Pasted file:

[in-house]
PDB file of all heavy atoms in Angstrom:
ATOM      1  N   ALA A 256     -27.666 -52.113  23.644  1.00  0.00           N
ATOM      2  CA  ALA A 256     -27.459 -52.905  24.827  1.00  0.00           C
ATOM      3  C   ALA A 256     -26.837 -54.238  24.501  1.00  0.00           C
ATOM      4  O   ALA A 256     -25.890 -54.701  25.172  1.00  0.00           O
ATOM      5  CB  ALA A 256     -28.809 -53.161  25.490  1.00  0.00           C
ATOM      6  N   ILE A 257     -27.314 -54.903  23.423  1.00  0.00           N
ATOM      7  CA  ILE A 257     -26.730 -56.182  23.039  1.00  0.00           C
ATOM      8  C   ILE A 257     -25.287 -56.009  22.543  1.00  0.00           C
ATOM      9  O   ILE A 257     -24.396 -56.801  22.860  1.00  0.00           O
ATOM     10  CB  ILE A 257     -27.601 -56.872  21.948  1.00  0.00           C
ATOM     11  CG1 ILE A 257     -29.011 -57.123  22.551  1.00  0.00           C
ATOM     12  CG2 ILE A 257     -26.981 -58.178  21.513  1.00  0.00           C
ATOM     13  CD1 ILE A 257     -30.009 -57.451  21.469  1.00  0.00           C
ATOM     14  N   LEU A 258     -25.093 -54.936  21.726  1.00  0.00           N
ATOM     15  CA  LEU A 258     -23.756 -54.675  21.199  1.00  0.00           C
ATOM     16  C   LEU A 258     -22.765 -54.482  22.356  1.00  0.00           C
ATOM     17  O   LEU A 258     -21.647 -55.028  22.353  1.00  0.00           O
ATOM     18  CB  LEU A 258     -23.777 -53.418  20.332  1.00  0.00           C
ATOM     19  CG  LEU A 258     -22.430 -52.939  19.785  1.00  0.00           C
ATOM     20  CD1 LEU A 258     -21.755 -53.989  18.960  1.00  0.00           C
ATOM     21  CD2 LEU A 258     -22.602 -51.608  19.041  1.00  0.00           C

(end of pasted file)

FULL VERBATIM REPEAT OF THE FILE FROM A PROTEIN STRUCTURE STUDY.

[in-house]
PDB file of all heavy atoms in Angstrom:
ATOM      1  N   ALA A 256     -27.666 -52.113  23.644  1.00  0.00           N
ATOM      2  CA  ALA A 256     -27.459 -52.905  24.827  1.00  0.00           C
ATOM      3  C   ALA A 256     -26.837 -54.238  24.501  1.00  0.00           C
ATOM      4  O   ALA A 256     -25.890 -54.701  25.172  1.00  0.00           O
ATOM      5  CB  ALA A 256     -28.809 -53.161  25.490  1.00  0.00           C
ATOM      6  N   ILE A 257     -27.314 -54.903  23.423  1.00  0.00           N
ATOM      7  CA  ILE A 257     -26.730 -56.182  23.039  1.00  0.00           C
ATOM      8  C   ILE A 257     -25.287 -56.009  22.543  1.00  0.00           C
ATOM      9  O   ILE A 257     -24.396 -56.801  22.860  1.00  0.00           O
ATOM     10  CB  ILE A 257     -27.601 -56.872  21.948  1.00  0.00           C
ATOM     11  CG1 ILE A 257     -29.011 -57.123  22.551  1.00  0.00           C
ATOM     12  CG2 ILE A 257     -26.981 -58.178  21.513  1.00  0.00           C
ATOM     13  CD1 ILE A 257     -30.009 -57.451  21.469  1.00  0.00           C
ATOM     14  N   LEU A 258     -25.093 -54.936  21.726  1.00  0.00           N
ATOM     15  CA  LEU A 258     -23.756 -54.675  21.199  1.00  0.00           C
ATOM     16  C   LEU A 258     -22.765 -54.482  22.356  1.00  0.00           C
ATOM     17  O   LEU A 258     -21.647 -55.028  22.353  1.00  0.00           O
ATOM     18  CB  LEU A 258     -23.777 -53.418  20.332  1.00  0.00           C
ATOM     19  CG  LEU A 258     -22.430 -52.939  19.785  1.00  0.00           C
ATOM     20  CD1 LEU A 258     -21.755 -53.989  18.960  1.00  0.00           C
ATOM     21  CD2 LEU A 258     -22.602 -51.608  19.041  1.00  0.00           C